Barton Community College served 8,394 students in the fall semester of 2013, which is an increase of 272 students from the previous fall semester.
The most widely accepted metric to measure enrollment is Full Time Equivalency (FTE). This is calculated by taking the total credit hours provided and dividing by 15 credit hours per semester, which is the average course load for a full time student. This standard allows Barton to see how it’s doing relative to other colleges and past semesters.
Barton saw an increase of about 4.2 percent in FTE from fall 2012 to fall 2013.
For the first half of the reporting year, July 1 through December 31, 2013, Barton’s numbers were up 6.5 percent over the same time period in 2012.
Increasing enrollment has been one of the primary objectives of the current Barton Board of Trustees and administration, and so far things are looking up. It appears 2013-14 will be its sixth consecutive year of attracting new students.
“Growth in enrollment is a sign that our faculty and staff are dedicated to the mission and vision of the institution,” Barton President Dr. Carl Heilman said at a campuswide meeting Wednesday morning. “We are in the minority of community colleges showing growth. The majority of community colleges nationwide are experiencing enrollment declines.”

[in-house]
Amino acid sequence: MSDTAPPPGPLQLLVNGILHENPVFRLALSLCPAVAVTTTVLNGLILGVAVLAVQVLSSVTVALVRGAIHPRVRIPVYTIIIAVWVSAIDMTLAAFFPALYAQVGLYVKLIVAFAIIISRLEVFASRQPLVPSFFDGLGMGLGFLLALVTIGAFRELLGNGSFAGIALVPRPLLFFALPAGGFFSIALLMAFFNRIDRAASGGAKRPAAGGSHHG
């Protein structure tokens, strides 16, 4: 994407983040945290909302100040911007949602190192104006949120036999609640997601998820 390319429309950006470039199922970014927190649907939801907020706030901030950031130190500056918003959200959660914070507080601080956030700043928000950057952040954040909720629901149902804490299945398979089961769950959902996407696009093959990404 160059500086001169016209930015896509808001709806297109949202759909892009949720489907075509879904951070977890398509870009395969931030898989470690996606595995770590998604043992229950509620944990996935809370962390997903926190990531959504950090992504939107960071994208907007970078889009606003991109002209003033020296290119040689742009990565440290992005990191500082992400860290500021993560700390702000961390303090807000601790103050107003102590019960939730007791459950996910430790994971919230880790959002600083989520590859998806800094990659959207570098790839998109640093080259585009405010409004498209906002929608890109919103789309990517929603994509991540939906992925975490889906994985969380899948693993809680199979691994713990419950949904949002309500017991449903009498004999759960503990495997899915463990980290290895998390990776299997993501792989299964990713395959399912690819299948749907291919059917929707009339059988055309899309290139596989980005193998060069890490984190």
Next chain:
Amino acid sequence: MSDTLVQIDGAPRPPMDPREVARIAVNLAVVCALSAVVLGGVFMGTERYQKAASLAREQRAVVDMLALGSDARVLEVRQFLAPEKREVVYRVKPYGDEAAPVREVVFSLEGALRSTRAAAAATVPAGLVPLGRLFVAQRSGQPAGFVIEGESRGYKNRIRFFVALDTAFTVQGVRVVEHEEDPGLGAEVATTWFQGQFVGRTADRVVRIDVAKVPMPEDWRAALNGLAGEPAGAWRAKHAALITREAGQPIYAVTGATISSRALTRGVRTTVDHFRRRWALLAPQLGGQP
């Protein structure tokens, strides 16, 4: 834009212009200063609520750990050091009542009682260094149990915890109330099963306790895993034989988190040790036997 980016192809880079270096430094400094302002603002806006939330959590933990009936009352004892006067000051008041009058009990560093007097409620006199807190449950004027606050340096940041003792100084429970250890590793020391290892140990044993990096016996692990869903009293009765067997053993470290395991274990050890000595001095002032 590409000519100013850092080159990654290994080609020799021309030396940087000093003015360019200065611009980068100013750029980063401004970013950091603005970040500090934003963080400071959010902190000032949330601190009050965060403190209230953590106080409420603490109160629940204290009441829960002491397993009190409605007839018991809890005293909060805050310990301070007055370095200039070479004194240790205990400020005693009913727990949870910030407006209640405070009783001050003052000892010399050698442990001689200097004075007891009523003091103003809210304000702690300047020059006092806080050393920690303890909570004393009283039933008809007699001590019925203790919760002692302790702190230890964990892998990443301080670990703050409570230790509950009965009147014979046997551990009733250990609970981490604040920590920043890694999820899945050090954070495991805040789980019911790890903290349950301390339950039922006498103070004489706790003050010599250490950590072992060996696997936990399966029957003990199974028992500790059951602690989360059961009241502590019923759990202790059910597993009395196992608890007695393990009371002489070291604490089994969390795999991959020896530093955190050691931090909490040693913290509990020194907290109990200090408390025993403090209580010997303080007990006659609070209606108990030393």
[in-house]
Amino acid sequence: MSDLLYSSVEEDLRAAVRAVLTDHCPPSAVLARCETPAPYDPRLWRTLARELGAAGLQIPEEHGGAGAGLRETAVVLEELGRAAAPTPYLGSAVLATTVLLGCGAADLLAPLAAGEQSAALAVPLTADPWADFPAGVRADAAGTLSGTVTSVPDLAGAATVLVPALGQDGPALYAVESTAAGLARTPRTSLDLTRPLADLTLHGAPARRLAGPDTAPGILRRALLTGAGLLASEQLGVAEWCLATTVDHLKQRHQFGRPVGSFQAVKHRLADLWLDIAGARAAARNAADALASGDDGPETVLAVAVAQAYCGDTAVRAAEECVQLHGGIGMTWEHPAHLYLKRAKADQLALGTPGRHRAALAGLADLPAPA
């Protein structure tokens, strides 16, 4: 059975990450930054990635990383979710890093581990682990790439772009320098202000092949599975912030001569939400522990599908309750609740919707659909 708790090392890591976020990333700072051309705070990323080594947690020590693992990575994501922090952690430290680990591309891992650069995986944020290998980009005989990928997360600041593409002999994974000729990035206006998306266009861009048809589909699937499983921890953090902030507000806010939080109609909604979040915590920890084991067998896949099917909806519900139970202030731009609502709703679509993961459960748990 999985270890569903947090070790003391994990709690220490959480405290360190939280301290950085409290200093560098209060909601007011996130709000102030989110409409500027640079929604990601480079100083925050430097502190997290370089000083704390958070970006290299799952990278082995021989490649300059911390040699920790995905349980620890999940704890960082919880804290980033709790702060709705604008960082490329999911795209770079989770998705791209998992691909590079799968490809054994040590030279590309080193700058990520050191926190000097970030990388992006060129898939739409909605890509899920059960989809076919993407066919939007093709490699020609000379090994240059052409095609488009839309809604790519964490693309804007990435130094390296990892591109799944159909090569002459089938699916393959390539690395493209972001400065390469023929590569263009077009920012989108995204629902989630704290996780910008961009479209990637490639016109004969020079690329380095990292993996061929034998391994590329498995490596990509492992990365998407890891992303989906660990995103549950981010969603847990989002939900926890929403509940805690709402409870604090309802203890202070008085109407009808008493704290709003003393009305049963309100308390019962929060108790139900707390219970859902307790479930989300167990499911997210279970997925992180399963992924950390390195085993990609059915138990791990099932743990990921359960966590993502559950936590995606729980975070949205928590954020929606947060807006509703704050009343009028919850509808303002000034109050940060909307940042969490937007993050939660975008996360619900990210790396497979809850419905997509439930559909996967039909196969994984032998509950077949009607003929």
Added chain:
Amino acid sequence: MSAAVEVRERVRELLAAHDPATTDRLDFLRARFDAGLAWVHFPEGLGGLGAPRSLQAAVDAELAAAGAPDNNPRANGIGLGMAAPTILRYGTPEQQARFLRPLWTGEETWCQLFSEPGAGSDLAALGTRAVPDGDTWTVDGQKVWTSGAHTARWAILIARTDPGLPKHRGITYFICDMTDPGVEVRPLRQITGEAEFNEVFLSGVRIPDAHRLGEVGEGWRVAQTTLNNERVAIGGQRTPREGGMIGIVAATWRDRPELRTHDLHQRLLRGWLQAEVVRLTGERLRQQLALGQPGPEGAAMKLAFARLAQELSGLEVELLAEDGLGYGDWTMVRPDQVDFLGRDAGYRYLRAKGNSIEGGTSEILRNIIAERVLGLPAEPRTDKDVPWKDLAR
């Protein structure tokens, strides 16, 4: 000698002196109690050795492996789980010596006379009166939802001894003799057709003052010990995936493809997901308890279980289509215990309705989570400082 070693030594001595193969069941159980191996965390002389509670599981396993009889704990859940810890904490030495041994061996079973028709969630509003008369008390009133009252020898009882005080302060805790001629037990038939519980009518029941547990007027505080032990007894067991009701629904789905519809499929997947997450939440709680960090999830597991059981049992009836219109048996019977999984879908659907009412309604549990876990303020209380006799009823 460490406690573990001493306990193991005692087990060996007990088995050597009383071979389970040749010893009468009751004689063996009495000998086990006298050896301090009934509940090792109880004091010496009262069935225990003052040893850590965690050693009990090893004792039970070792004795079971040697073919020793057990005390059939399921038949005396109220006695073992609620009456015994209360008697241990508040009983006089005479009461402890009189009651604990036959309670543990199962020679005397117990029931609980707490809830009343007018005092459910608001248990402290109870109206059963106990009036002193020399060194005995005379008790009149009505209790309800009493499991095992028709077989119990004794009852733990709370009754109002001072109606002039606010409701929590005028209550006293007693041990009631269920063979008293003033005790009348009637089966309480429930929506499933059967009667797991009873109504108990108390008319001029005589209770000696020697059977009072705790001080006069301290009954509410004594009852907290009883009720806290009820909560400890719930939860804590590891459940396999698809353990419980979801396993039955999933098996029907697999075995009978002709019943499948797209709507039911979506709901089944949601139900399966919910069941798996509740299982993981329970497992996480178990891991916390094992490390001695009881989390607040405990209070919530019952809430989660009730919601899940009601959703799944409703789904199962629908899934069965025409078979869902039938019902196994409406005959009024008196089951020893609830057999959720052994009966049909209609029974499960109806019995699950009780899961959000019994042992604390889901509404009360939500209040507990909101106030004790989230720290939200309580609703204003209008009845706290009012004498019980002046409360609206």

Two-year public institutions collectively saw a drop in enrollment of 3.1 percent nationally, according to NCSResearchCenter.org.
Not only was Barton one of the few to show growth, it was ranked sixth in the nation for fastest-growing mid-sized community colleges from fall 2011 to fall 2012, according to Community College Week and data from the U.S. Department of Education.